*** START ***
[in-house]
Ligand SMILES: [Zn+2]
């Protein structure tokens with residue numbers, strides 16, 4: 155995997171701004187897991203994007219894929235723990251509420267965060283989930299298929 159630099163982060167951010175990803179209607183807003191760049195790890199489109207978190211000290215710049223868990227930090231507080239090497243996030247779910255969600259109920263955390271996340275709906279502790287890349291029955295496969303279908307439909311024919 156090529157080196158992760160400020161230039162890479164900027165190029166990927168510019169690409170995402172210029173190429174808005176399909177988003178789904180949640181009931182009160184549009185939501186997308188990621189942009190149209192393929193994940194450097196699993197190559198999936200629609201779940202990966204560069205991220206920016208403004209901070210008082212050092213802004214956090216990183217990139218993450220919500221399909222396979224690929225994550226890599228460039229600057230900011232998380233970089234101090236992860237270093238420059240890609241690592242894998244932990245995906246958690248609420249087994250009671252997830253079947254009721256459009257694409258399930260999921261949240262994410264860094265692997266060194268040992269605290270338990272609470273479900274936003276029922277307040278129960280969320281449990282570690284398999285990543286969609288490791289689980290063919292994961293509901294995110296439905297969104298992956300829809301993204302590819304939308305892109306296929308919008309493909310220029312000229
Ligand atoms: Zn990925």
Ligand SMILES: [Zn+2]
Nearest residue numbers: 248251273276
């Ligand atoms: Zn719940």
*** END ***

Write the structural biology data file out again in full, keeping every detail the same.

[in-house]
Ligand SMILES: [Zn+2]
């Protein structure tokens with residue numbers, strides 16, 4: 155995997171701004187897991203994007219894929235723990251509420267965060283989930299298929 159630099163982060167951010175990803179209607183807003191760049195790890199489109207978190211000290215710049223868990227930090231507080239090497243996030247779910255969600259109920263955390271996340275709906279502790287890349291029955295496969303279908307439909311024919 156090529157080196158992760160400020161230039162890479164900027165190029166990927168510019169690409170995402172210029173190429174808005176399909177988003178789904180949640181009931182009160184549009185939501186997308188990621189942009190149209192393929193994940194450097196699993197190559198999936200629609201779940202990966204560069205991220206920016208403004209901070210008082212050092213802004214956090216990183217990139218993450220919500221399909222396979224690929225994550226890599228460039229600057230900011232998380233970089234101090236992860237270093238420059240890609241690592242894998244932990245995906246958690248609420249087994250009671252997830253079947254009721256459009257694409258399930260999921261949240262994410264860094265692997266060194268040992269605290270338990272609470273479900274936003276029922277307040278129960280969320281449990282570690284398999285990543286969609288490791289689980290063919292994961293509901294995110296439905297969104298992956300829809301993204302590819304939308305892109306296929308919008309493909310220029312000229
Ligand atoms: Zn990925």
Ligand SMILES: [Zn+2]
Nearest residue numbers: 248251273276
């Ligand atoms: Zn719940």